Mr Harrison has also volunteered on the St Marys Community Safety Precinct Committee with the St Marys Local Area Command and was president of the Liberal party for Chifley for many years.
“I am very proud of Max, he has always been very supportive and vocal in the community,” Mrs Harrison said.
When the couple moved to Kingswood they noticed there was no real place for the young families and children to play so decided they should campaign for a community centre.
“My husband worked very hard for the centre, and I was involved because I just supported him. We needed something, a centre where all the kids could play and there was a big paddock with nothing built on it, so we approached Karyn Paluzzano and eventually it was built,” Mrs Harrison said.
Though Mrs Harrison is full of praise for her husband, she to has achieved a lot fo rthe community.
As part of the original lobby group to have Mount Druitt Hospital built in the 1970’s, Mrs Harrison was delighted that the community’s needs were met by the government of that time.
“It was a hugh achievement for the ladies who were involved and it was wonderful that the Queen herself came out and opened the hospital in 1982,” she said.
“I have been the treasurer for the Mount Druitt Hospital Auxilary since 1973 and for the gift store in 1982, but I am so embarrassed because there are so man volunteers who were so important too.
“It’s been a terrifc ride but you need support and there are such wonderful people in the area who did just as much as Max and I did.”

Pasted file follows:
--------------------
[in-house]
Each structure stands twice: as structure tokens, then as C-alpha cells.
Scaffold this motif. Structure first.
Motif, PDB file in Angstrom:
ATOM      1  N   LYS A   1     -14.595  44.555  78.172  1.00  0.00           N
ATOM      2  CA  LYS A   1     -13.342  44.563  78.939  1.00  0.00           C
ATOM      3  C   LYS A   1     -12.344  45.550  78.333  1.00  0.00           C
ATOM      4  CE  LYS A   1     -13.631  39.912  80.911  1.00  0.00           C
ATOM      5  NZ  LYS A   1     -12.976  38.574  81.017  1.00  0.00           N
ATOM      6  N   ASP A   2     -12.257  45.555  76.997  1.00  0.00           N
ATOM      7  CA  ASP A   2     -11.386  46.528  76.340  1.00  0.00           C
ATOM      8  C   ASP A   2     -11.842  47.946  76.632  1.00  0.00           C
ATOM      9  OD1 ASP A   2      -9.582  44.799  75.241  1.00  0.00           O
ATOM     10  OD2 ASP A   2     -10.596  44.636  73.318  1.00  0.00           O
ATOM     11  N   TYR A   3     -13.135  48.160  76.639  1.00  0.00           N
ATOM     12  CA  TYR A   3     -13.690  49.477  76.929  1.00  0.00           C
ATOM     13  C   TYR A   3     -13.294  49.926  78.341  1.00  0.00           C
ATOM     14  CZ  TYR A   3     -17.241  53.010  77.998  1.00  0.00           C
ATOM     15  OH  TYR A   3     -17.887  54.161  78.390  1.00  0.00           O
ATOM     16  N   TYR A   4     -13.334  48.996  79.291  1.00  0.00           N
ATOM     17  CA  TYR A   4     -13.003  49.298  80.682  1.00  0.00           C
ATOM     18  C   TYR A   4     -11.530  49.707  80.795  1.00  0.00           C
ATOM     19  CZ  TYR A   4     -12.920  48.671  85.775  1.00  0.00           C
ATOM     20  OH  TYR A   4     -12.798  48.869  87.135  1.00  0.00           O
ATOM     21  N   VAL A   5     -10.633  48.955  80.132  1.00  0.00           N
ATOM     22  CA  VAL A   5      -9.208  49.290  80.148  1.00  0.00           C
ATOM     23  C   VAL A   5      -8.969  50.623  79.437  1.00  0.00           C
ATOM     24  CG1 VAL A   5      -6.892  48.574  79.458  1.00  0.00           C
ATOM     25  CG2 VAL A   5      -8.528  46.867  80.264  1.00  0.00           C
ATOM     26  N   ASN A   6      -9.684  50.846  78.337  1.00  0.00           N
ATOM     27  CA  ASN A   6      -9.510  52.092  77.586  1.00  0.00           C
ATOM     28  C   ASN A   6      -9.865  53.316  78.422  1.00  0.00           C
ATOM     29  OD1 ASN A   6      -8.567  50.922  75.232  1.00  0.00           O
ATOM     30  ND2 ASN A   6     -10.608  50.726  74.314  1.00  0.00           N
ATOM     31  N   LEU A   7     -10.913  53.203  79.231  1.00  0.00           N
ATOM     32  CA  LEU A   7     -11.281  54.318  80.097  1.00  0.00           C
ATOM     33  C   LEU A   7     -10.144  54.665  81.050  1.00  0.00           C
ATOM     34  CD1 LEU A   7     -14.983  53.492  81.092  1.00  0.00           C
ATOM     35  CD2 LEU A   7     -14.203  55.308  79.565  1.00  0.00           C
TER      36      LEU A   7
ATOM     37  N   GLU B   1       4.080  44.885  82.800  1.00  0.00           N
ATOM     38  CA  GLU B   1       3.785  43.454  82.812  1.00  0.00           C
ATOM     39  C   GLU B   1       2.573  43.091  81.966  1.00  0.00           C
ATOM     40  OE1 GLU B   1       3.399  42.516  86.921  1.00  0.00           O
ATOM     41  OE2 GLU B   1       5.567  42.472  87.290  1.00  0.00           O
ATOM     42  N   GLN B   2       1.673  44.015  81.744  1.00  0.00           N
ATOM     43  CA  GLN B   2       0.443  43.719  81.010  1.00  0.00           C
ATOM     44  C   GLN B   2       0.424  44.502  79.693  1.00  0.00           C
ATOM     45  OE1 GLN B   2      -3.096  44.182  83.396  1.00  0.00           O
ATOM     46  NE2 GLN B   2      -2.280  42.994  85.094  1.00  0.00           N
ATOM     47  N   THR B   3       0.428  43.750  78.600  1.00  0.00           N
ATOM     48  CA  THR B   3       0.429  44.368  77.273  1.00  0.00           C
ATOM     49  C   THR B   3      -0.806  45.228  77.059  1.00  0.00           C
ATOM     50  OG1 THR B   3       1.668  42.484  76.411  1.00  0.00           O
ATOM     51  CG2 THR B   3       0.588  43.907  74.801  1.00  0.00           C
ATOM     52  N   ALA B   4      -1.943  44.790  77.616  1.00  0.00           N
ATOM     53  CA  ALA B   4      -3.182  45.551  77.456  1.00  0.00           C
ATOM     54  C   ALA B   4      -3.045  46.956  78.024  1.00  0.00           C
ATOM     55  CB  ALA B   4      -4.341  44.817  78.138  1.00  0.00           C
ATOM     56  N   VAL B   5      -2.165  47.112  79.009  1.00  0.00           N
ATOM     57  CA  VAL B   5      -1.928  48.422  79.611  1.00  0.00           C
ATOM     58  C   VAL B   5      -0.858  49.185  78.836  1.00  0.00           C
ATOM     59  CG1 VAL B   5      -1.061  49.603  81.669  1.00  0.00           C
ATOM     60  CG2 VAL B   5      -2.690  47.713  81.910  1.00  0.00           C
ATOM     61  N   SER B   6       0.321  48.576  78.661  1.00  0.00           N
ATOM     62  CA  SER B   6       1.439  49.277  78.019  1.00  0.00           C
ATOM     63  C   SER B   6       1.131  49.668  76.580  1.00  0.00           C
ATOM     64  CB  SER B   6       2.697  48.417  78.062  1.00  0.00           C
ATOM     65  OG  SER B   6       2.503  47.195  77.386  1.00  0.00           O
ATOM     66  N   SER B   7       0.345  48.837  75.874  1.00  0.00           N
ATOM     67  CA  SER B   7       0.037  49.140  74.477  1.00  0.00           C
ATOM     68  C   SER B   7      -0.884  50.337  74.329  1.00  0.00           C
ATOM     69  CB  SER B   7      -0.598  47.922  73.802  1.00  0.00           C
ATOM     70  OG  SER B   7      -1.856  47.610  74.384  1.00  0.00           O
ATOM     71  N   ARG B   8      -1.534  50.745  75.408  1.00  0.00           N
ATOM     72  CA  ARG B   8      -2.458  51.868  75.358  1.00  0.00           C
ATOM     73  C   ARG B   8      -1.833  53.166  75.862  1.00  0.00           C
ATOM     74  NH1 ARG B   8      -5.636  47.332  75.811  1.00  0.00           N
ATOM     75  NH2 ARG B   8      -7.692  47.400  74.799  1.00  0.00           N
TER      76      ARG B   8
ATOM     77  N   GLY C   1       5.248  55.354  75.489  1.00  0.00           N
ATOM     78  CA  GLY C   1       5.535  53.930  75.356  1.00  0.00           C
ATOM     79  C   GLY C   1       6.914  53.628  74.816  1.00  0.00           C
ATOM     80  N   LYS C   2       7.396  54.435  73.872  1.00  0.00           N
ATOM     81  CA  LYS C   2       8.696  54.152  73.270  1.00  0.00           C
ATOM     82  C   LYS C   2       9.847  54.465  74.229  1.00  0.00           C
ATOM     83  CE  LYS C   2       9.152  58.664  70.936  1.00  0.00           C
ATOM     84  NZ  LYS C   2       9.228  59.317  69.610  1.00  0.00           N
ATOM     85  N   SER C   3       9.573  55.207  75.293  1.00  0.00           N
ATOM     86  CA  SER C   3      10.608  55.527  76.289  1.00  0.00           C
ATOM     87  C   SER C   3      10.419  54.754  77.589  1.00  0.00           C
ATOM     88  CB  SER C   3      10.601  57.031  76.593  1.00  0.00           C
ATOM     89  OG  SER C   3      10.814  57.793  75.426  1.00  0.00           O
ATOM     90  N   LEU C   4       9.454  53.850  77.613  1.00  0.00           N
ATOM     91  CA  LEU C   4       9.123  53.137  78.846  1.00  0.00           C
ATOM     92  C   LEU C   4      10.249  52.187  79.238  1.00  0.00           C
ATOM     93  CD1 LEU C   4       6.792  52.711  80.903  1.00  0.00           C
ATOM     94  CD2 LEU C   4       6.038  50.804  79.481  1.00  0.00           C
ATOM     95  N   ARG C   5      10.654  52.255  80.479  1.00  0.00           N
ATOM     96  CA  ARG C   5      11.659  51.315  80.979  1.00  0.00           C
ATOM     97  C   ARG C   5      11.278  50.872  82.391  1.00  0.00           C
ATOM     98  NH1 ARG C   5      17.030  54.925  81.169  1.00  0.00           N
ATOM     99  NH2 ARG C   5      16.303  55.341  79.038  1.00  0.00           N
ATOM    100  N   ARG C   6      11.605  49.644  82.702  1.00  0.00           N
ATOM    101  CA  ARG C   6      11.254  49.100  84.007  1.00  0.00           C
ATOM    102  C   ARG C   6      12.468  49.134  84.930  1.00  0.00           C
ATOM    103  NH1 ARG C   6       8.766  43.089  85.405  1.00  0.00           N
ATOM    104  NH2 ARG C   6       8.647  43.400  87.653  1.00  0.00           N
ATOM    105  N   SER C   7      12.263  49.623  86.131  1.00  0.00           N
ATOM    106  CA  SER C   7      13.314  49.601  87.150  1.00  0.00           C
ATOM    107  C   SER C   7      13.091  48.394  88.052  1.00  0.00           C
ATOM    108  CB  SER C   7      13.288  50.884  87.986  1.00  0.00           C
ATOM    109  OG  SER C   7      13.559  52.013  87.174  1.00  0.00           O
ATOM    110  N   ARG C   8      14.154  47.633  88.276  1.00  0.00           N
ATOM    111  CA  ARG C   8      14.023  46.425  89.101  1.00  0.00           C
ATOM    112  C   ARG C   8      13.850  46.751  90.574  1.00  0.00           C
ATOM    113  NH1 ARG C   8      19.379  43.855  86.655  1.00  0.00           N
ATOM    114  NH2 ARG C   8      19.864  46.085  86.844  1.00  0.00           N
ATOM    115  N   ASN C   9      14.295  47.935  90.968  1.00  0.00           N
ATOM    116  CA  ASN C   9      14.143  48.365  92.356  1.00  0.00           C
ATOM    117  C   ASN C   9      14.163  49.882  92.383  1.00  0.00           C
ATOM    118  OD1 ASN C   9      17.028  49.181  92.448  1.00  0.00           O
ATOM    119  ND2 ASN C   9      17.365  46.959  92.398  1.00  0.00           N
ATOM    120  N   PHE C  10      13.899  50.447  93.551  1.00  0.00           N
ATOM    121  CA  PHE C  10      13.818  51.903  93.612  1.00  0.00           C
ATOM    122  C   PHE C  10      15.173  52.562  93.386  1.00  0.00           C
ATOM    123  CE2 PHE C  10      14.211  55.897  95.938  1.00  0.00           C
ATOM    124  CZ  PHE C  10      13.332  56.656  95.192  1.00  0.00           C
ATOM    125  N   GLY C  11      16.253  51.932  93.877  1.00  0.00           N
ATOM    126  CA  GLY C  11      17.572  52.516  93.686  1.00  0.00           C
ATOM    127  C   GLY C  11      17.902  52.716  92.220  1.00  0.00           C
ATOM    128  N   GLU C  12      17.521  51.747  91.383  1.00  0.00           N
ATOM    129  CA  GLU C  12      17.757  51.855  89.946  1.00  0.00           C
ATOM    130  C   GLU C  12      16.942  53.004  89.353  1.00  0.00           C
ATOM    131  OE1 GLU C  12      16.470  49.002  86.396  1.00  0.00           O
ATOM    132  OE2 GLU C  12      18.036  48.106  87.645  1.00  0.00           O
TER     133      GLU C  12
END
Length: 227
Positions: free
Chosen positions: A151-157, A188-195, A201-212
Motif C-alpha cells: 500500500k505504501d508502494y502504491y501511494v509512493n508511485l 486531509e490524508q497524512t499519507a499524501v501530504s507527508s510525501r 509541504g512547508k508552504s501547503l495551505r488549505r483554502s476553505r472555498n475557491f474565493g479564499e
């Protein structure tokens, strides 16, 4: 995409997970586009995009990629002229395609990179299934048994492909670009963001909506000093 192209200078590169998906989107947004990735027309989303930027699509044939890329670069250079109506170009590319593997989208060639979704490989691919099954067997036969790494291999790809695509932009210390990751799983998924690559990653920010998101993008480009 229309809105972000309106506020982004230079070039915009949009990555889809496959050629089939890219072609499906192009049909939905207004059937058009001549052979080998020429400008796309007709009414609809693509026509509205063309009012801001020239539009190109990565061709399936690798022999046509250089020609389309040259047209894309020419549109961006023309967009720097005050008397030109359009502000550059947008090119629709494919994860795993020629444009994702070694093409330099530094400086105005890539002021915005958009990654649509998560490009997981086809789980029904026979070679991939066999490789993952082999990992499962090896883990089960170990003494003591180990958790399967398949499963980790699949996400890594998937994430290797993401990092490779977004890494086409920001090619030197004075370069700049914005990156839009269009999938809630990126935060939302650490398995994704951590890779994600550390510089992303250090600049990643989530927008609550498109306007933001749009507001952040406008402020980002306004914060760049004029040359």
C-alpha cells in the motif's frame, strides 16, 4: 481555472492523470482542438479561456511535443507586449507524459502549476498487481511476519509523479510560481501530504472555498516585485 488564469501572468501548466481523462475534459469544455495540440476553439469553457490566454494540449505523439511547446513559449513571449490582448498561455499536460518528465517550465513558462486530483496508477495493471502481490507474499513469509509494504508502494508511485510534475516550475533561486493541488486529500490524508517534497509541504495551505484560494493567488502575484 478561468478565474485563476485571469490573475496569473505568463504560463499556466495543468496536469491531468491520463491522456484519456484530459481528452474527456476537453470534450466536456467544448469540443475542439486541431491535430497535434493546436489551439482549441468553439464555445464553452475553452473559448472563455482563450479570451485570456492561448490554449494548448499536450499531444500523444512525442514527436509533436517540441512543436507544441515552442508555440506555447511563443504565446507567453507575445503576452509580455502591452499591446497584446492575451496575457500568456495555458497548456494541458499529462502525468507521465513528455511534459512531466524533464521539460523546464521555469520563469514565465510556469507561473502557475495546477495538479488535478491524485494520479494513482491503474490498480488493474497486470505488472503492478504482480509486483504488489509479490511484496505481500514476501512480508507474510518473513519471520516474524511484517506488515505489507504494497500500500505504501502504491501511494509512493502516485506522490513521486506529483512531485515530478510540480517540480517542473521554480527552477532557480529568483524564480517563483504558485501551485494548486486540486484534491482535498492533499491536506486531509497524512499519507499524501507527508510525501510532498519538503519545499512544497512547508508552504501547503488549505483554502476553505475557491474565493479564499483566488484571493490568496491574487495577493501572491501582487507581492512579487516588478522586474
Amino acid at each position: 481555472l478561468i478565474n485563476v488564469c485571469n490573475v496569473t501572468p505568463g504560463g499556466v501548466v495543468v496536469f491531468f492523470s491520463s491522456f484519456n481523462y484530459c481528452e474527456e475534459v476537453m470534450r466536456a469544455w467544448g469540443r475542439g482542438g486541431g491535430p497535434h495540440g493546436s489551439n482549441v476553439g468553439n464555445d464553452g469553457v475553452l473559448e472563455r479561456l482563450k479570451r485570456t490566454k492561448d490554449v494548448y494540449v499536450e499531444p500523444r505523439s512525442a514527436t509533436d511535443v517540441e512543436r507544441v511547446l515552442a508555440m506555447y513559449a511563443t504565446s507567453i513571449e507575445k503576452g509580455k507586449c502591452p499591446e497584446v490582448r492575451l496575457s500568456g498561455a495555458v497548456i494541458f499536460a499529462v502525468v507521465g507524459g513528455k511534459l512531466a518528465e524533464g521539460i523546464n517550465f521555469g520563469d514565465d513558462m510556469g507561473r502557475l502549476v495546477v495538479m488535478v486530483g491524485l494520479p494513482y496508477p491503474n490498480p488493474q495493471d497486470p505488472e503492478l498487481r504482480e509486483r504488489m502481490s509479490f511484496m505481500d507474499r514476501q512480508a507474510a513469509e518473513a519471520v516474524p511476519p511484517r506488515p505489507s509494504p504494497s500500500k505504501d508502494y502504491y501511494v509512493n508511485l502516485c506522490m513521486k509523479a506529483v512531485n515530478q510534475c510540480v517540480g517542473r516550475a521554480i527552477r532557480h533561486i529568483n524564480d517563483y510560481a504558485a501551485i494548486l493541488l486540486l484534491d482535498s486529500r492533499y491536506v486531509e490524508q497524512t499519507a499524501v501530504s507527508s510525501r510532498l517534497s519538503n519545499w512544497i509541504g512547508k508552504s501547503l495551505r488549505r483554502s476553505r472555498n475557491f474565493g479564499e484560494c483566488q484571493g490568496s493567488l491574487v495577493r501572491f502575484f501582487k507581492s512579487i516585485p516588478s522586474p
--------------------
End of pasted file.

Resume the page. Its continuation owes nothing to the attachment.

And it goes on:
Improving public education has been Dianne Giblin’s life long passion but the Werrington Downs resident was very surprised to discover she was included on the Queen’s Birthday 2012 Honours list.
Amongst a long list of achievements, Mrs Giblin was president of the Federation of Parents’ and Citizens’ Association of New South Wales for five years, ambassador for the ‘1 million women’ campaign and advisor to the NSW Department of Education.
“I was surprised, there are so many people who do so much for public education and I want to congratulate them all on their wonderful efforts,” she said.
Mrs Giblin first took an interest in public education when her children began attending school.
“We were living in western Sydney and saw the need to ensure our kids received a good education and were provided for in the public education system,” she said.
Mrs Giblin joined the Parents’ and Citizens’ Association of NSW in 1988 and is now recognised as a life member.
“Once I became involved in my own children’s education, you cannot help but see how many kids benefit from it,” she said.
One of Mrs Giblin’s big contributions to education in western Sydney was advocating for a local university to be constructed.
“I was part of the action group lobbying for a university to be built here in western Sydney at the time when the University of Sydney was considering building a branch here and was very happy to see the University of Western Sydney established.”
Mrs Giblin also served as the Community Development Officer for the priority schools program at Kingswood Park Public School between 1993 and 2001 and took on many responsibilities including advisory positions to various organisations.
Just last week, Mrs Giblin was in Canberra advising on the schools funding review and currently holds the position of CEO of the Australian Council of State School Organisations.
But now as a grandmother, Mrs Giblin is just happy that her legcacy will benefit her family and other western Sydney families. Her two grandchildren are being schooled in Werrington and Claremont Meadows.